ADNET, S. & FEICHTINGER, I. & HARZHAUSER, M. & POLLERSPÖCK, J. (2021) A mesopelagic selachian fauna from the middle Eocene of St. Pankraz (Austria) reveals homogeneity in deep-marine environments during the warm period in Europe. Neues Jahrbuch für Geologie und Paläontologie - Abhandlungen, 301 (1): 25-63  https://dx.doi.org/10.1127/njgpa/2021/0996
AGNOLIN, F.L. & BOGAN, S. & CASADIO, S. (2021) First marine ichthyofauna from the late Eocene of Santa Cruz province, patagonia, Argentina. Journal of South American Earth Sciences, 107: 103064 https://dx.doi.org/10.1016/j.jsames.2020.103064
BENNETT, C.E. & KEARSEY, T.I. & DAVIES, S.J. & LENG, M.J. & MILLWARD, D. & SMITHSON, T.R. & BRAND, P.J. & BROWNE, M.A.E. & CARPENTER, D.K. & MARSHALL, J.E.A. & DULSON, H. & CURRY, L. (2021) Palaeoecology and palaeoenvironment of Mississippian coastal lakes and marshes during the early terrestrialisation of tetrapods. Palaeogeography Palaeoclimatology Palaeoecology, 564: 110194 https://dx.doi.org/10.1016/j.palaeo.2020.110194
CEBALLOS-IZQUIERDO, Y. & VINOLA-LOPEZ, L.W. & BORGES-SELLEN, C.R. & ARANO-RUIZ, A.F. (2021) Late Cretaceous sharks from Cuba, first record of Serratolamna serrata (Agassiz) (Lamniformes, Serratolamnidae). Geobios, 65: 1-6 https://dx.doi.org/10.1016/j.geobios.2021.01.002    
COLLARETA, A. & LANDINI, W. & BIANUCCI, G. & DI CELMA, C. (2021) Until Panama do us part: new finds from the Pliocene of Ecuador provide insights into the origin and palaeobiogeographic history of the extant requiem sharks Carcharhinus acronotus and Nasolamia velox. Neues Jahrbuch für Geologie und Paläontologie, Abhandlungen, 300 (1): 103-115  https://dx.doi.org/10.1127/njgpa/2021/0981    
COLLARETA, A. & MARX, F.G. & CASATI, S. & DI CENCIO, A. & MERELLA, M. & BIANUCCI, G. (2021) A cetotheriid whale from the upper Miocene of the Mediterranean. Neues Jahrbuch für Geologie und Paläontologie - Abhandlungen, 301 (1):  9-16  https://dx.doi.org/10.1127/njgpa/2021/0994    
COLLARETA, A. & MERELLA, M. & CASATI, S. & DI CENCIO, A. (2021) First fossils of the extant blacktip shark Carcharhinus limbatus from Europe and the Mediterranean Basin. Neues Jahrbuch für Geologie und Paläontologie - Abhandlungen, 301 (1):  109-118  https://dx.doi.org/10.1127/njgpa/2021/1002    
DANKINA, D. & SPIRIDONOV, A. & RACZYŃSKI, P. & RADZEVIČIUS, S. (2021) Late Permian ichthyofauna from the North-Sudetic Basin, SW Poland. Acta Palaeontologica Polonica, 66: in press  https://dx.doi.org/10.4202/app.00839.2020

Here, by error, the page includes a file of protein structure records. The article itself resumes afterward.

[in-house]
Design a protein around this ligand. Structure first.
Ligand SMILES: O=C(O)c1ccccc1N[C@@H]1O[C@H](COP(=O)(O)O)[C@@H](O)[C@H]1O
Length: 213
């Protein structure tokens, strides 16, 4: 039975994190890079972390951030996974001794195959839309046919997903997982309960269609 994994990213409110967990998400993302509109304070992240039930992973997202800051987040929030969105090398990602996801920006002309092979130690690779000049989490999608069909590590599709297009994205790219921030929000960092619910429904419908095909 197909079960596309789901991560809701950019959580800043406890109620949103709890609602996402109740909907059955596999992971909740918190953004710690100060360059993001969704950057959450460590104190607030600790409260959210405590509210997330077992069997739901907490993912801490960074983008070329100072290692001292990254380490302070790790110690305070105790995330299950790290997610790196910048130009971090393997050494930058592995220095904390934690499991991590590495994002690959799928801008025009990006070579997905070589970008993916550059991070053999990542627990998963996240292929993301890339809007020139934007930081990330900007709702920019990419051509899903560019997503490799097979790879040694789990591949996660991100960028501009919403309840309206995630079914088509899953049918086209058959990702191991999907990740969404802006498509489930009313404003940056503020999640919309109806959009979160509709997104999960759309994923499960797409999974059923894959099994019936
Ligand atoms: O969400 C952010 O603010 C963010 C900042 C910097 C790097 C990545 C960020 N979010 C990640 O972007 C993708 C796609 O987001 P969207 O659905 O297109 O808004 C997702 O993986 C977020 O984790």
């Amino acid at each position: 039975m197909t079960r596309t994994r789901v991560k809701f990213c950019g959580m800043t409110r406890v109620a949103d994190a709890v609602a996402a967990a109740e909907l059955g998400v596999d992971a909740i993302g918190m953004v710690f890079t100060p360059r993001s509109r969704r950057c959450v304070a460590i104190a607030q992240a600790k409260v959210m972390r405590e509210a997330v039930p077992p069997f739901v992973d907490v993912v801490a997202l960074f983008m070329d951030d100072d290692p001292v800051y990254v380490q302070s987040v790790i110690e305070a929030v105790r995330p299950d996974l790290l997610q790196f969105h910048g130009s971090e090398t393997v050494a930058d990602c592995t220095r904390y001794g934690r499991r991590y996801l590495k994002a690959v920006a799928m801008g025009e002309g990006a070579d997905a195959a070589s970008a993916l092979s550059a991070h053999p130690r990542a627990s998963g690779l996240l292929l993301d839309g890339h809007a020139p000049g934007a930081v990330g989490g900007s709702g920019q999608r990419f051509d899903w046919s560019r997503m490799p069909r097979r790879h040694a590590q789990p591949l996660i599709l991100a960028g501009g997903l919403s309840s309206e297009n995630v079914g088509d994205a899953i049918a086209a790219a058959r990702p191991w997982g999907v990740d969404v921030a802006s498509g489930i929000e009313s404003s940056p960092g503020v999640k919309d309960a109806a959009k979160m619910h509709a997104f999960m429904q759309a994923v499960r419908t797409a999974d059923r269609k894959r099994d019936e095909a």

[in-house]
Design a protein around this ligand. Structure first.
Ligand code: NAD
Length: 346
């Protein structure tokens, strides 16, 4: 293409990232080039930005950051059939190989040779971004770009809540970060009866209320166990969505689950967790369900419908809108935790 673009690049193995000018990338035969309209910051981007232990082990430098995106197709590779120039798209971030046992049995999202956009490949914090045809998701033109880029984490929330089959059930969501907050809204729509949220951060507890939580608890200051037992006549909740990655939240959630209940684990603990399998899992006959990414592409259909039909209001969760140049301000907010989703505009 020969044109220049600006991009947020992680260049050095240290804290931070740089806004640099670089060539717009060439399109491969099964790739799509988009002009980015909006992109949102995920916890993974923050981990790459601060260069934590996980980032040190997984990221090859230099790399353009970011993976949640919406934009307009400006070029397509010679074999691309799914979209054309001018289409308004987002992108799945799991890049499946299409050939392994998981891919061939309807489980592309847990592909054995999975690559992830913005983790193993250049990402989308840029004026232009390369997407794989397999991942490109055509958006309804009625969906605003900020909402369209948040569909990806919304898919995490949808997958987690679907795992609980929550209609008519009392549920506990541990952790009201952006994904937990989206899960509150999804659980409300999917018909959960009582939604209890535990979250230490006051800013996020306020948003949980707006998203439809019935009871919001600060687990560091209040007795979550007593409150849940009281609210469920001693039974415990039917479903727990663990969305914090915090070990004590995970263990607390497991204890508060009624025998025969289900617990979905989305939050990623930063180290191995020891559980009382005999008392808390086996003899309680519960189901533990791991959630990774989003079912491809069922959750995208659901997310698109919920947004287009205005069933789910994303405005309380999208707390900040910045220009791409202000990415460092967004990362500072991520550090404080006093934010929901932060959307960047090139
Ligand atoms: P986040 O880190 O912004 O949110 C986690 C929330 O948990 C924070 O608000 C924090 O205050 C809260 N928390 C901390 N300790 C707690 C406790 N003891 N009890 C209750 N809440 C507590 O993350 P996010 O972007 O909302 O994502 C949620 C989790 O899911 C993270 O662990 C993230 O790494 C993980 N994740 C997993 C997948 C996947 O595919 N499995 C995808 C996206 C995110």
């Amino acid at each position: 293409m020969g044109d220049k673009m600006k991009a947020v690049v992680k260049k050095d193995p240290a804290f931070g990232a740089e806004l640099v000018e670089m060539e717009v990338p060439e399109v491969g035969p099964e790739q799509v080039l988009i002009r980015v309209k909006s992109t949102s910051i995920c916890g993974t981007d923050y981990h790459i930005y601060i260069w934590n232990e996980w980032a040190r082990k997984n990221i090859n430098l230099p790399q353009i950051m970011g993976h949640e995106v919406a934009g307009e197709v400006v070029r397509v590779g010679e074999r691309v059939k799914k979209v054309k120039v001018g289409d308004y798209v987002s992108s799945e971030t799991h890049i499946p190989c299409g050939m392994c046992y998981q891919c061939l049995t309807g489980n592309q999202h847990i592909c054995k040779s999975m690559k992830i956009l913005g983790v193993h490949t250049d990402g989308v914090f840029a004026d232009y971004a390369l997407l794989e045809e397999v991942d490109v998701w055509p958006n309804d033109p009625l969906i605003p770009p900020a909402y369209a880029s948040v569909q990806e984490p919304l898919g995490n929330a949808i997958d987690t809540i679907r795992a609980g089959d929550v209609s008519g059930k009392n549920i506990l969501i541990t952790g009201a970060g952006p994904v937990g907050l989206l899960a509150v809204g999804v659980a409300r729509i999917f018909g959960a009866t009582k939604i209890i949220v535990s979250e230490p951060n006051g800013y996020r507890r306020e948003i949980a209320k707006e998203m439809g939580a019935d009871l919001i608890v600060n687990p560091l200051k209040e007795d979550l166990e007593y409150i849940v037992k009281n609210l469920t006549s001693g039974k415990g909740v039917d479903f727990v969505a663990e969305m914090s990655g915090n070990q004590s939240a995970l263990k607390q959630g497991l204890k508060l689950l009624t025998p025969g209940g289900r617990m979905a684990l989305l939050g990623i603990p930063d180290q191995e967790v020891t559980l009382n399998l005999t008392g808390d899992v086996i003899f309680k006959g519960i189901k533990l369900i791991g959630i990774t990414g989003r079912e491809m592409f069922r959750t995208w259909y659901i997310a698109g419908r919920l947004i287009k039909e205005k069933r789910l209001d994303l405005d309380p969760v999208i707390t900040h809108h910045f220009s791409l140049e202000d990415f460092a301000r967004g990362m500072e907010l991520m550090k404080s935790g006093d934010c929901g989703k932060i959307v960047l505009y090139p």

DILLON, E.M. & MCCAULEY,  D.J. & MORALES-SALDAÑA, J.M. & LEONARD,  N.D. & ZHAO, J.-X. & O’DEA, A. (2021) Fossil dermal denticles reveal the preexploitation baseline of a Caribbean coral reef shark community. Proceedings of the National Academy of Sciences of the United States of America, 118 (29): e2017735118 https://dx.doi.org/10.1073/pnas.2017735118
FEICHTINGER, I. & IVANOV, A.O. & WINKLER, V. & DOJEN, C. & KINDLIMANN, R. & KRIWET, J. & PFAFF, C. & SCHRAUT, G. & STUMPF, S. (2021) Scarce ctenacanthiform sharks from the Mississippian of Austria with an analysis of Carboniferous elasmobranch diversity in response to climatic and environmental changes. Journal of Vertebrate Paleontology, in press https://dx.doi.org/10.1080/02724634.2021.1925902
FILEK, T. & HOFMAYER, F. & FEICHTINGER, I. & BERNING, B. & POLLERSPÖCK, J. & ZWICKER, J. & SMRZKA, D. & PECKMANN, J. & KRANNER, M. & MANDIC, O. & REICHENBACHER, B. & KROH, A. & UCHMAN, A. & ROETZEL, R. & HARZHAUSER, M. (2021) Environmental conditions during the late Oligocene transgression in the North Alpine Foreland Basin (Eferding Formation, Egerian) – a multidisciplinary approach. Palaeogeography, Palaeoclimatology, Palaeoecology, in press https://dx.doi.org/10.1016/j.palaeo.2021.110527    
KLUG, C. & SCHWEIGERT, G. & HOFFMANN, R. & WEIS, R. & DE BAETS, K. (2021) Fossilized leftover falls as sources of palaeoecological data: a ‘pabulite’ comprising a crustacean, a belemnite and a vertebrate from the Early Jurassic Posidonia Shale. Swiss Journal of Palaeontology, 140: 10 https://dx.doi.org/10.1186/s13358-021-00225-z    
KOVALCHUK, O. & BARKASZI, Z. (2021) Oligocene basking sharks (Lamniformes, Cetorhinidae) of the Carpathian Basin with a reconsideration of the role of gill rakers in species diagnostics. Journal of Vertebrate Paleontology, in press https://dx.doi.org/10.1080/02724634.2021.1929269